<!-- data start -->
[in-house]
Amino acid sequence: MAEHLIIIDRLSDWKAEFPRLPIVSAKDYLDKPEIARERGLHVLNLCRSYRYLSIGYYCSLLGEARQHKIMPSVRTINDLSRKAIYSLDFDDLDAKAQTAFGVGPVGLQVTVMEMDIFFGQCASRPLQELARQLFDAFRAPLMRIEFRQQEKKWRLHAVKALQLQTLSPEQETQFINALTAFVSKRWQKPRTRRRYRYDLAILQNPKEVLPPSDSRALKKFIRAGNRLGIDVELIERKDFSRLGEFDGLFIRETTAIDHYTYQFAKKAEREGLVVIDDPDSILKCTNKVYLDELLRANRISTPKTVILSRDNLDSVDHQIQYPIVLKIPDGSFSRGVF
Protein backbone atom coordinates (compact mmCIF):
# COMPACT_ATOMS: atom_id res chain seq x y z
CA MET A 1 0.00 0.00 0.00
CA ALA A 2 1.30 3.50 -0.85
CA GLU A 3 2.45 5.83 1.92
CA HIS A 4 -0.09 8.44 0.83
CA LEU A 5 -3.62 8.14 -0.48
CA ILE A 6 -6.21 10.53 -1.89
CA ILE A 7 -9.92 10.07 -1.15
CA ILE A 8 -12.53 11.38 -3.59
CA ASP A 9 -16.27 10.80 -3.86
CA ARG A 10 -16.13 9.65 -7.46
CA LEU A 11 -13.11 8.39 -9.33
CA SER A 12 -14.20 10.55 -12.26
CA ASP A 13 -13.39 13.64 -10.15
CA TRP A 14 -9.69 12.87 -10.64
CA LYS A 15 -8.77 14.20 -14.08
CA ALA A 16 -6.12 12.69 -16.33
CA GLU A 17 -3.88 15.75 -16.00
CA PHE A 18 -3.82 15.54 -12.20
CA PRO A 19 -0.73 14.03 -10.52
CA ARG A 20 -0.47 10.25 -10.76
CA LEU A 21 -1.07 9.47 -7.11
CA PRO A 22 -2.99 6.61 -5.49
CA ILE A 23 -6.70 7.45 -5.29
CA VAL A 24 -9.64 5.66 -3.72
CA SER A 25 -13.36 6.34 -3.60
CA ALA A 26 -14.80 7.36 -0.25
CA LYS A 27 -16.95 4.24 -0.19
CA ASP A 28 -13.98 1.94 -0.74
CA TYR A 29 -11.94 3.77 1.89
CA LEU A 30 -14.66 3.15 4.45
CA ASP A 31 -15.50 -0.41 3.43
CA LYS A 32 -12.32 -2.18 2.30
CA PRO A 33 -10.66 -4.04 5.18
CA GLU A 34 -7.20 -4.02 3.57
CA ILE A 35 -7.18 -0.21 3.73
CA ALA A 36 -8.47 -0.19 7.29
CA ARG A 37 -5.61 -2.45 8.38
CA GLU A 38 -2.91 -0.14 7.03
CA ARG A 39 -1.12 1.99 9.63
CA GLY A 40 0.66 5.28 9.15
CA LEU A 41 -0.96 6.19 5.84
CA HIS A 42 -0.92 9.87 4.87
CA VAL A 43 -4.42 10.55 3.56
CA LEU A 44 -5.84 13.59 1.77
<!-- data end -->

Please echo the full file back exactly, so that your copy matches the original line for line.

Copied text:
[in-house]
Amino acid sequence: MAEHLIIIDRLSDWKAEFPRLPIVSAKDYLDKPEIARERGLHVLNLCRSYRYLSIGYYCSLLGEARQHKIMPSVRTINDLSRKAIYSLDFDDLDAKAQTAFGVGPVGLQVTVMEMDIFFGQCASRPLQELARQLFDAFRAPLMRIEFRQQEKKWRLHAVKALQLQTLSPEQETQFINALTAFVSKRWQKPRTRRRYRYDLAILQNPKEVLPPSDSRALKKFIRAGNRLGIDVELIERKDFSRLGEFDGLFIRETTAIDHYTYQFAKKAEREGLVVIDDPDSILKCTNKVYLDELLRANRISTPKTVILSRDNLDSVDHQIQYPIVLKIPDGSFSRGVF
Protein backbone atom coordinates (compact mmCIF):
# COMPACT_ATOMS: atom_id res chain seq x y z
CA MET A 1 0.00 0.00 0.00
CA ALA A 2 1.30 3.50 -0.85
CA GLU A 3 2.45 5.83 1.92
CA HIS A 4 -0.09 8.44 0.83
CA LEU A 5 -3.62 8.14 -0.48
CA ILE A 6 -6.21 10.53 -1.89
CA ILE A 7 -9.92 10.07 -1.15
CA ILE A 8 -12.53 11.38 -3.59
CA ASP A 9 -16.27 10.80 -3.86
CA ARG A 10 -16.13 9.65 -7.46
CA LEU A 11 -13.11 8.39 -9.33
CA SER A 12 -14.20 10.55 -12.26
CA ASP A 13 -13.39 13.64 -10.15
CA TRP A 14 -9.69 12.87 -10.64
CA LYS A 15 -8.77 14.20 -14.08
CA ALA A 16 -6.12 12.69 -16.33
CA GLU A 17 -3.88 15.75 -16.00
CA PHE A 18 -3.82 15.54 -12.20
CA PRO A 19 -0.73 14.03 -10.52
CA ARG A 20 -0.47 10.25 -10.76
CA LEU A 21 -1.07 9.47 -7.11
CA PRO A 22 -2.99 6.61 -5.49
CA ILE A 23 -6.70 7.45 -5.29
CA VAL A 24 -9.64 5.66 -3.72
CA SER A 25 -13.36 6.34 -3.60
CA ALA A 26 -14.80 7.36 -0.25
CA LYS A 27 -16.95 4.24 -0.19
CA ASP A 28 -13.98 1.94 -0.74
CA TYR A 29 -11.94 3.77 1.89
CA LEU A 30 -14.66 3.15 4.45
CA ASP A 31 -15.50 -0.41 3.43
CA LYS A 32 -12.32 -2.18 2.30
CA PRO A 33 -10.66 -4.04 5.18
CA GLU A 34 -7.20 -4.02 3.57
CA ILE A 35 -7.18 -0.21 3.73
CA ALA A 36 -8.47 -0.19 7.29
CA ARG A 37 -5.61 -2.45 8.38
CA GLU A 38 -2.91 -0.14 7.03
CA ARG A 39 -1.12 1.99 9.63
CA GLY A 40 0.66 5.28 9.15
CA LEU A 41 -0.96 6.19 5.84
CA HIS A 42 -0.92 9.87 4.87
CA VAL A 43 -4.42 10.55 3.56
CA LEU A 44 -5.84 13.59 1.77